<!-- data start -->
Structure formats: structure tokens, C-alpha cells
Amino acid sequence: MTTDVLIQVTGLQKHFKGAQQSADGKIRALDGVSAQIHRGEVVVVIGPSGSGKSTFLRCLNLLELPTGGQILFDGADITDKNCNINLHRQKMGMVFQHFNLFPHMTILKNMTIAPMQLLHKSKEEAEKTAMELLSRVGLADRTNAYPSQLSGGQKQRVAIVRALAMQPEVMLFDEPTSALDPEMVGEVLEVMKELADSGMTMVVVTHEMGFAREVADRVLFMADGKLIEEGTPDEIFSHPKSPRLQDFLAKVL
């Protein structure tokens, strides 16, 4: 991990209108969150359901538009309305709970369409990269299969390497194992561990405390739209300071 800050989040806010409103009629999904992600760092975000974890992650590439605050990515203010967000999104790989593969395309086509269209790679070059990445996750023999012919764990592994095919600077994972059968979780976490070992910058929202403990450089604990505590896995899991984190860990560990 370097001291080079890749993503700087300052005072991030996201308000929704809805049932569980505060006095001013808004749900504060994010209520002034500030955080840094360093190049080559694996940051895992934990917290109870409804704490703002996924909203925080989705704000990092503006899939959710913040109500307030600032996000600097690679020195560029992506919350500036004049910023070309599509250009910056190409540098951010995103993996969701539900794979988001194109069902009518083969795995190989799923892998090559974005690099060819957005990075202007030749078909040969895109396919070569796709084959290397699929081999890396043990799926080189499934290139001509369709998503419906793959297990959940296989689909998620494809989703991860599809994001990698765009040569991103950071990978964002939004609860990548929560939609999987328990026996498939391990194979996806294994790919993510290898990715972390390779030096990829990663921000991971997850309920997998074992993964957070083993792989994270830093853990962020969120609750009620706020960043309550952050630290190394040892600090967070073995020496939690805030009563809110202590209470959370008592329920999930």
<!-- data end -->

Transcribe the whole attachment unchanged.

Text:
Structure formats: structure tokens, C-alpha cells
Amino acid sequence: MTTDVLIQVTGLQKHFKGAQQSADGKIRALDGVSAQIHRGEVVVVIGPSGSGKSTFLRCLNLLELPTGGQILFDGADITDKNCNINLHRQKMGMVFQHFNLFPHMTILKNMTIAPMQLLHKSKEEAEKTAMELLSRVGLADRTNAYPSQLSGGQKQRVAIVRALAMQPEVMLFDEPTSALDPEMVGEVLEVMKELADSGMTMVVVTHEMGFAREVADRVLFMADGKLIEEGTPDEIFSHPKSPRLQDFLAKVL
């Protein structure tokens, strides 16, 4: 991990209108969150359901538009309305709970369409990269299969390497194992561990405390739209300071 800050989040806010409103009629999904992600760092975000974890992650590439605050990515203010967000999104790989593969395309086509269209790679070059990445996750023999012919764990592994095919600077994972059968979780976490070992910058929202403990450089604990505590896995899991984190860990560990 370097001291080079890749993503700087300052005072991030996201308000929704809805049932569980505060006095001013808004749900504060994010209520002034500030955080840094360093190049080559694996940051895992934990917290109870409804704490703002996924909203925080989705704000990092503006899939959710913040109500307030600032996000600097690679020195560029992506919350500036004049910023070309599509250009910056190409540098951010995103993996969701539900794979988001194109069902009518083969795995190989799923892998090559974005690099060819957005990075202007030749078909040969895109396919070569796709084959290397699929081999890396043990799926080189499934290139001509369709998503419906793959297990959940296989689909998620494809989703991860599809994001990698765009040569991103950071990978964002939004609860990548929560939609999987328990026996498939391990194979996806294994790919993510290898990715972390390779030096990829990663921000991971997850309920997998074992993964957070083993792989994270830093853990962020969120609750009620706020960043309550952050630290190394040892600090967070073995020496939690805030009563809110202590209470959370008592329920999930």